五 | Food for thought

September 18th, 2016

Because some of the food I had to think twice about haha. But honestly, there’s a plethora of options to eat. Like really, there are restaurants of different cuisines all over. Hong Kong is a place where Western and Eastern cultures meet, so on the days when I feel a bit homesick I can find a nice western restaurant and get a solid set of chicken and waffles. Then on the days when I feel a little more adventurous, I’ll step into a restaurant where I can’t even read the menu and try something.

img_6788

Some good waffles from Jam

At HKUST I’m quite satisfied when it comes to food. There are exactly 17 locations to eat. There’s a couple little café’s where you grab and go, things like coffee, fruits, salads, pastries etc. There are two huge canteens, also known as cafeterias. You can find a selection of western, Chinese, and Japanese foods. Unlike at Drexel’s Hans dining center where it’s buffet style, everything here is prepared upon ordering. The system is pretty good, food is prepped quickly. You go to the cashier to place an order, they give you a ticket, when your number comes up on the screen above your food section, walk up and exchange the ticket for your tray. There’s also a bistro restaurant that’s more on the fancy side, where you sit down and have a waiter take your order. On weekends during brunch hours they have a buffet. Starbucks is on campus and it’s open exclusively to students where we get 30% off, yes 30% off. There’s a supermarket called ParknShop that’s open till midnight and students get 10% off. You can get all your necessities there, pretty much like any supermarket back at home, not as big as Trader Joes or Fresh grocer but enough for the average college student.

 

img_7150

Friend shrimp and rice omelette


img_6886

Baked fish pasta from the University Cafe

Financing this food is less stressful than Drexel. Well for one it’s cheaper, not only is it cheaper but it taste better. I get a full cooked meal AND a beverage for 30-40HKD which is around 5 USD, and there’s plenty of options so you can mix it up during the week. In the early hours they have the consistent breakfast selections, but for lunch and dinner they switch up the cuisines pretty often. I’ve eaten some good spaghetti and meatballs, chicken curry, steak, roast duck (yes quack quack), seafood pastas, chicken wings and French fries, stir-fry, there’s so much. You can pay for all food on your octopus card, swipe and go.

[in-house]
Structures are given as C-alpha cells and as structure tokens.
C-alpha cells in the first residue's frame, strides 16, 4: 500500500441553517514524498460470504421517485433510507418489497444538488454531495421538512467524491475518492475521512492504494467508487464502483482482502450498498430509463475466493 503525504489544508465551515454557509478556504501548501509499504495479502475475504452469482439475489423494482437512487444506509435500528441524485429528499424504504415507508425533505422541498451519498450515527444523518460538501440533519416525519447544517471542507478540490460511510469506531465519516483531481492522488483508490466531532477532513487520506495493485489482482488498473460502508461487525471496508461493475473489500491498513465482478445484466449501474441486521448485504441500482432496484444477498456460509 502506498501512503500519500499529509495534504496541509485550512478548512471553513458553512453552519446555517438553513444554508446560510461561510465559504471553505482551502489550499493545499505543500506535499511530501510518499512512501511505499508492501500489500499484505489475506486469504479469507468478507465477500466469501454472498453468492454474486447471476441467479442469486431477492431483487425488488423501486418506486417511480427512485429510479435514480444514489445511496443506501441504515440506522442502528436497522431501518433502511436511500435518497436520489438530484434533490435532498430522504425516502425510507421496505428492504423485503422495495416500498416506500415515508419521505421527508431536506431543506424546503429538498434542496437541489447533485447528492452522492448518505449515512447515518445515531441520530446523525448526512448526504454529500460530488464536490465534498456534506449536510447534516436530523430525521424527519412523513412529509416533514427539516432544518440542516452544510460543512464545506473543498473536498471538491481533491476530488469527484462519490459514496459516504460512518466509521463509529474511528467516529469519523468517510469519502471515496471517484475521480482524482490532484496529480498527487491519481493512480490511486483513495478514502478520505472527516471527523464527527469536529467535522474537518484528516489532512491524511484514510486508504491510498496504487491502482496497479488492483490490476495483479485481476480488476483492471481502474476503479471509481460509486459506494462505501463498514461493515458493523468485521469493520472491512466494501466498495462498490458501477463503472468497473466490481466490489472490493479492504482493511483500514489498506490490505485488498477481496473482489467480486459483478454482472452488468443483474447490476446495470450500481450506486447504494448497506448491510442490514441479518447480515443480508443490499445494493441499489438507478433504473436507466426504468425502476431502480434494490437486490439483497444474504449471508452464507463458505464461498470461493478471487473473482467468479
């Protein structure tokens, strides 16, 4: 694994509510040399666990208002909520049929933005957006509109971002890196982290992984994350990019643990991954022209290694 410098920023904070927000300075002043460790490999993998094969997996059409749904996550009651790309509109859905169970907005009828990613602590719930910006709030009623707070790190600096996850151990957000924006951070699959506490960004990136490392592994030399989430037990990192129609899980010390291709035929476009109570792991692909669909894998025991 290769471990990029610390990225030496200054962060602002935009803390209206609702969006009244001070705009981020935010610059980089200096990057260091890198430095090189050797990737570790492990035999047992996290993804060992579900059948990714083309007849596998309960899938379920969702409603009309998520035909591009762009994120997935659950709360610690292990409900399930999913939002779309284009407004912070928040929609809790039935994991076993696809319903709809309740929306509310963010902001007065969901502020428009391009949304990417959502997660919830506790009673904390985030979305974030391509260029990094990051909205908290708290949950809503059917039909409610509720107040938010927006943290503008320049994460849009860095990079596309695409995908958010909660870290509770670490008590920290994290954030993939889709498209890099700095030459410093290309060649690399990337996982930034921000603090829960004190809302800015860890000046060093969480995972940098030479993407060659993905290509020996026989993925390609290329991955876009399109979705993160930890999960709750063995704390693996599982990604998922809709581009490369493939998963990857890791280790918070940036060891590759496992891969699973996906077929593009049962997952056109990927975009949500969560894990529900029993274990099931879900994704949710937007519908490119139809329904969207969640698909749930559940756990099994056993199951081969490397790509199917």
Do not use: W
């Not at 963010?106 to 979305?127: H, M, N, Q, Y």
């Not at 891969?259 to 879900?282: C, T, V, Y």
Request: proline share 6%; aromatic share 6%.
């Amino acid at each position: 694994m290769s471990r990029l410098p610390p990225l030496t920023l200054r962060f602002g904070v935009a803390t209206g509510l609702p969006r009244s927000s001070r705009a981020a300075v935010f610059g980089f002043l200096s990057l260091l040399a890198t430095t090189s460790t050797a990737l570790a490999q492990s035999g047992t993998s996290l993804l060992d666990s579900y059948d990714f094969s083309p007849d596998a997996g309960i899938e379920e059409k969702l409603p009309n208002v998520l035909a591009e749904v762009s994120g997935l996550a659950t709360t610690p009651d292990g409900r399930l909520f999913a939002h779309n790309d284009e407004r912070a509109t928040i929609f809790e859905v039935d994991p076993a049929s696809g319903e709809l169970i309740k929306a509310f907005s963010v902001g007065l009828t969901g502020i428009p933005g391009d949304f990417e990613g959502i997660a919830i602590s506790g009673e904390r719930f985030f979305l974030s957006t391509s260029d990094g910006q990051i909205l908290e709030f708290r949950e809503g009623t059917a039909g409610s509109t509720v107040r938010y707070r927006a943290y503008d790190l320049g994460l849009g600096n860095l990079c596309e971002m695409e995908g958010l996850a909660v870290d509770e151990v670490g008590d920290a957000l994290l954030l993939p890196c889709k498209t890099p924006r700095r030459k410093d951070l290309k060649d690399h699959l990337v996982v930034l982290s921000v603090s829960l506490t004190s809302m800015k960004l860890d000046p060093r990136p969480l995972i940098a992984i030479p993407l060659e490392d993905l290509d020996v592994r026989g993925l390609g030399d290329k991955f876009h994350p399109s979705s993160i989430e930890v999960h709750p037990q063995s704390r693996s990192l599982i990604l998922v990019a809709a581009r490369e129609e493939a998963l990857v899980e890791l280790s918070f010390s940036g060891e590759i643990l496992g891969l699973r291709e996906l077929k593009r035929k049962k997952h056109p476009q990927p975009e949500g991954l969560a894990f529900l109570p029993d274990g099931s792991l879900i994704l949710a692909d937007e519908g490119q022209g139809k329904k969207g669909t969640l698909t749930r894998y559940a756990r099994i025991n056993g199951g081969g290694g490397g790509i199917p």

img_6975

Ham egg and cheese croissant, with hash brown


img_6943

French toast, peppermint tea, and freshly squeezed OJ

When I want to head out to a good restaurant I use the open Rice App, which is the equivalent of yelp. You input your preferences, or location, check out the menu and reviews, pull it up on Google maps and go. Restaurant etiquette is a bit different. The waiters/waitresses don’t periodically check up on you to see if your ready to order or if you need anything, you call on them yourself. They set up the table and give you the menu, when you’re ready to order you raise your hand and call them over. Then when you’re done and ready to pay, you call them over for the check. They usually stand next to your table after you’ve called for the check, and wait for you to put up the cash or card. It was definitely weird at first. Tipping isn’t a big thing out here; no you won’t get the finger if you don’t leave a tip. Most restaurants usually have a 10% service charge, which is pretty much the equivalent of a tip. Pricing for restaurants are pretty similar to any other city, it ranges depending on where you go. The cheapest option to eat as a student I can definitely say is at my University.

img_7199

Salted Caramel Bao from Little Bao

%d bloggers like this: